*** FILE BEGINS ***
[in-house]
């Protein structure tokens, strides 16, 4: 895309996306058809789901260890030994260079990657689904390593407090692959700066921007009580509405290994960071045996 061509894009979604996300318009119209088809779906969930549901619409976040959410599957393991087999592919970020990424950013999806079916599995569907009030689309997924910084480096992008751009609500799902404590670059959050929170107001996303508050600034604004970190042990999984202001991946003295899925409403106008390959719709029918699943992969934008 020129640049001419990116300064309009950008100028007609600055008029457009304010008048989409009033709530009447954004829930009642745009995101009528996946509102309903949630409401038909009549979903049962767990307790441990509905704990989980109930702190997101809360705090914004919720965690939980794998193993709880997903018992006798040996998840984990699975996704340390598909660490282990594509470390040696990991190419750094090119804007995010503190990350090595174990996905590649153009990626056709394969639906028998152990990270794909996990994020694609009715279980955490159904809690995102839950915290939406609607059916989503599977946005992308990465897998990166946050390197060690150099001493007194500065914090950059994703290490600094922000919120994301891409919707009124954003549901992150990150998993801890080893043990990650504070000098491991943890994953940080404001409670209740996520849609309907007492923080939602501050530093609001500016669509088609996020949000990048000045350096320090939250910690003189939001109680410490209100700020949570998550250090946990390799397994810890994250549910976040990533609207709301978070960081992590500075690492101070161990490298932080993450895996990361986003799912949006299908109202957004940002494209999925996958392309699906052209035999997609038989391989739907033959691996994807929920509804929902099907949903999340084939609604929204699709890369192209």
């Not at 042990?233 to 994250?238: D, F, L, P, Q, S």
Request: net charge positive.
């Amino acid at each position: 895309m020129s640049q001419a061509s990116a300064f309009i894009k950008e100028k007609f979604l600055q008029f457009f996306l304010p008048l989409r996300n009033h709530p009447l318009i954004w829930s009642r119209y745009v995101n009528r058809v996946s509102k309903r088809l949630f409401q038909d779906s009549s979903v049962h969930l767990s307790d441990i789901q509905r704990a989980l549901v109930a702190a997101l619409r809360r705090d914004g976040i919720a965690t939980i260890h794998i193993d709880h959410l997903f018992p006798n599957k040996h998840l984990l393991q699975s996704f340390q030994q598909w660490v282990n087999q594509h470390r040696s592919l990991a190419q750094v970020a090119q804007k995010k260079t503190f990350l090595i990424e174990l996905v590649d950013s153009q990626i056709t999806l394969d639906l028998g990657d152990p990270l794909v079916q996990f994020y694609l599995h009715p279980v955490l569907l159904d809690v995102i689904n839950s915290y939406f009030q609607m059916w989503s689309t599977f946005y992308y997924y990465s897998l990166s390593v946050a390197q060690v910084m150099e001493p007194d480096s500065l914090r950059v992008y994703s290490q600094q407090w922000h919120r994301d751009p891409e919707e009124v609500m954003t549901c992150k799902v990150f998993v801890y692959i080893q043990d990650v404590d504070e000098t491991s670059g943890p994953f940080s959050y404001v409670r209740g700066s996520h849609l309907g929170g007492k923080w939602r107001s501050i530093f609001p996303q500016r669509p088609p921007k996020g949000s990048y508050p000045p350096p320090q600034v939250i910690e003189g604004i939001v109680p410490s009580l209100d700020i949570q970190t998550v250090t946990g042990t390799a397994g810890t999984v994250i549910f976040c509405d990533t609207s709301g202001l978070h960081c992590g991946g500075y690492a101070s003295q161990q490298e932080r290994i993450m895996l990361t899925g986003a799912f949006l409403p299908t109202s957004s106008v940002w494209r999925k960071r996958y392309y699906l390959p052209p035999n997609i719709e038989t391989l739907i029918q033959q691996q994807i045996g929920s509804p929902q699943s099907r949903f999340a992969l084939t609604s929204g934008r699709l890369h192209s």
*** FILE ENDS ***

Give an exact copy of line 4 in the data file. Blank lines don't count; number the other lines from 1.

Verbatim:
Request: net charge positive.